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The premise of the question is incorrect, in that the Enigma was never "cracked". If you read "The Hut Six Story" by Gordon Welchman, you will find that Enigma messages could only be translated when operators made errors such as using the same key repeatedly or repeated use of the same base codes ("discriminants"). When the Enigma was used correctly it was unbreakable.

Nevertheless, many transmissions were intercepted and decrypted due to improper operational use of the machine.

The estimate of lives saved is based on the idea that the project shortened the war by "two to four" years, thus extrapolating that 2 years times 7 million deaths per year is 14 million. The origin of the "two to four" years idea I think is the 1974 book "The Ultra Secret" by Winterbotham.

While cryptography operations were certainly helpful, claiming that it shortened the war by two years is an overstatement. For example, in the Battle of Atlantic, the theater in which the decryptions were supposedly most important, I doubt anyone would characterize code breaking as the decisive technology. Radar, direction finding, convoy tactics, sonar, and anti-submarine aerial patrols, especially from Iceland, were all probably more important to the outcome than code breaking.

The premise of the question is incorrect, in that the Enigma was never "cracked". If you read "The Hut Six Story" by Gordon Welchman, you will find that Enigma messages could only be translated when operators made errors such as using the same key repeatedly or repeated use of the same base codes ("discriminants"). When the Enigma was used correctly it was unbreakable.

Nevertheless, many transmissions were intercepted and decrypted due to improper operational use of the machine.

The estimate of lives saved is based on the idea that the project shortened the war by "two to four" years, thus extrapolating that 2 years times 7 million deaths per year is 14 million.

While cryptography operations were certainly helpful, claiming that it shortened the war by two years is an overstatement. For example, in the Battle of Atlantic, the theater in which the decryptions were supposedly most important, I doubt anyone would characterize code breaking as the decisive technology. Radar, direction finding, convoy tactics, sonar, and anti-submarine aerial patrols, especially from Iceland, were all probably more important to the outcome than code breaking.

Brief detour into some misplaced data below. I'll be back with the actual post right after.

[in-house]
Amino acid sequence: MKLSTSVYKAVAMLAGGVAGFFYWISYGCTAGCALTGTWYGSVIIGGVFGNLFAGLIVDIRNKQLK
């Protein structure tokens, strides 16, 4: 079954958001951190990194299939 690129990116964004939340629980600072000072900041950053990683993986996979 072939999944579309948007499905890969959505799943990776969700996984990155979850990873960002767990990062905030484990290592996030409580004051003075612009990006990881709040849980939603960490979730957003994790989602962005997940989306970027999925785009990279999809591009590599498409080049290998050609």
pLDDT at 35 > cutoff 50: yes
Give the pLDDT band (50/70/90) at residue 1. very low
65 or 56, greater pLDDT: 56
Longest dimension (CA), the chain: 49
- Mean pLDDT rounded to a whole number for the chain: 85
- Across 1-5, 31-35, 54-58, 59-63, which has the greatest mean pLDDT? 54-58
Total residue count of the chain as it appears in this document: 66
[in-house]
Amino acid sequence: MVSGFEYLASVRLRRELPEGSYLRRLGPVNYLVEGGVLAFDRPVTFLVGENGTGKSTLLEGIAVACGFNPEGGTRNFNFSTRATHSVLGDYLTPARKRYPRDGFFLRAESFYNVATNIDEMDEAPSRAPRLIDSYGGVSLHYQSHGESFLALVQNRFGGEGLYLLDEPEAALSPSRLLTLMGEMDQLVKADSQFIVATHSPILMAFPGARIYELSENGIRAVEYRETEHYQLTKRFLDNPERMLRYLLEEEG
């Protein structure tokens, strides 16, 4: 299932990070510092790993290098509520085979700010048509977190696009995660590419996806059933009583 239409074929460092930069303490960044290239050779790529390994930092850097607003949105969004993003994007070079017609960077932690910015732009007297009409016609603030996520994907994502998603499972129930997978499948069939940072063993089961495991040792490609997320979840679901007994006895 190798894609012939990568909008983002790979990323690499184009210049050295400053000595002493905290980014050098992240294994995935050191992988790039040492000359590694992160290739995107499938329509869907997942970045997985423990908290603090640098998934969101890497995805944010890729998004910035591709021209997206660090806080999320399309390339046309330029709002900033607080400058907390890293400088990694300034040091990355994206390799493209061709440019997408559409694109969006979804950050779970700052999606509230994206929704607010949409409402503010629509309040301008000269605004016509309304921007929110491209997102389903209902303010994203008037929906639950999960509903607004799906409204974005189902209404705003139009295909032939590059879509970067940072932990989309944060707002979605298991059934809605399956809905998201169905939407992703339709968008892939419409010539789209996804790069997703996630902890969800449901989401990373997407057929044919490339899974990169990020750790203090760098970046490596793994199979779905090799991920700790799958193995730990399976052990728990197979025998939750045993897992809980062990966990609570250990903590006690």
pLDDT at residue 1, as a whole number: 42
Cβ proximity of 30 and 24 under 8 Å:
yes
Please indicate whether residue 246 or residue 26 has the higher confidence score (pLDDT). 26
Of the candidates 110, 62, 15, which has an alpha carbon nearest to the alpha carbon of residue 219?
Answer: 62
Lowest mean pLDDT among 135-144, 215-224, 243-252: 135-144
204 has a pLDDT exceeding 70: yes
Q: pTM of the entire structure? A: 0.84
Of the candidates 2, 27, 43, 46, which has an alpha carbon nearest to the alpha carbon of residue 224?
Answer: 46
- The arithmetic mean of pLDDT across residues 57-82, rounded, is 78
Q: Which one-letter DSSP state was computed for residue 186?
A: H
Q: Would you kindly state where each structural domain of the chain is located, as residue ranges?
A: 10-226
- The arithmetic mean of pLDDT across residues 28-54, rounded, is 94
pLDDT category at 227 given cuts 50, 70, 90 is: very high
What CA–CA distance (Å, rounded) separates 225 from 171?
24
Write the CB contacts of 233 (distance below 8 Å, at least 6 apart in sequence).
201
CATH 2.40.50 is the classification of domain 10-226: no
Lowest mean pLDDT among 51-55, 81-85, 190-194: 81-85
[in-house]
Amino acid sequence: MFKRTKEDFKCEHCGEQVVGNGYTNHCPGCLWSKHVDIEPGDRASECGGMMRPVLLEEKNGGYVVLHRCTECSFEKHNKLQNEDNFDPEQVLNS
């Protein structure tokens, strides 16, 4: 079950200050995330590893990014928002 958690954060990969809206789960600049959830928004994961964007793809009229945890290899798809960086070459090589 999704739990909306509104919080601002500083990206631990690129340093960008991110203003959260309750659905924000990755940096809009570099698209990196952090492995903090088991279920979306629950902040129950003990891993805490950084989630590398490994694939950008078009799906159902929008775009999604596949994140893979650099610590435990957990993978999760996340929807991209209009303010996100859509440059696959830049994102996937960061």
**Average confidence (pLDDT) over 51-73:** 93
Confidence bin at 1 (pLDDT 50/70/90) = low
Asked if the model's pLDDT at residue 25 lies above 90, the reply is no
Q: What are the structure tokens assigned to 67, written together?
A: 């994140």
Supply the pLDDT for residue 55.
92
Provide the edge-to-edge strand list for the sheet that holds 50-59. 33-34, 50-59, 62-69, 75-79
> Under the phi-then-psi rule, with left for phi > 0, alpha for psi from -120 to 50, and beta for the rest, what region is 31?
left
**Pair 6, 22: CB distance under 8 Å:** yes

The premise of the question is incorrect, in that the Enigma was never "cracked". If you read "The Hut Six Story" by Gordon Welchman, you will find that Enigma messages could only be translated when operators made errors such as using the same key repeatedly or repeated use of the same base codes ("discriminants"). When the Enigma was used correctly it was unbreakable.

Nevertheless, many transmissions were intercepted and decrypted due to improper operational use of the machine.

The estimate of lives saved is based on the idea that the project shortened the war by "two to four" years, thus extrapolating that 2 years times 7 million deaths per year is 14 million. The origin of the "two to four" years idea I think is the 1974 book "The Ultra Secret" by Winterbotham.

While cryptography operations were certainly helpful, claiming that it shortened the war by two years is an overstatement. For example, in the Battle of Atlantic, the theater in which the decryptions were supposedly most important, I doubt anyone would characterize code breaking as the decisive technology. Radar, direction finding, convoy tactics, sonar, and anti-submarine aerial patrols, especially from Iceland, were all probably more important to the outcome than code breaking.

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source | link

The premise of the question is incorrect, in that the Enigma was never "cracked". If you read "The Hut Six Story" by Gordon Welchman, you will find that Enigma messages could only be translated when operators made errors such as using the same key repeatedly or repeated use of the same base codes ("discriminants"). When the Enigma was used correctly it was unbreakable.

Nevertheless, many transmissions were intercepted and decrypted due to improper operational use of the machine.

The estimate of lives saved is based on the idea that the project shortened the war by "two to four" years, thus extrapolating that 2 years times 7 million deaths per year is 14 million.

While cryptography operations were certainly helpful, claiming that it shortened the war by two years is an overstatement. For example, in the Battle of Atlantic, the theater in which the decryptions were supposedly most important, I doubt anyone would characterize code breaking as the decisive technology. Radar, direction finding, convoy tactics, sonar, and anti-submarine aerial patrols, especially from Iceland, were all probably more important to the outcome than code breaking.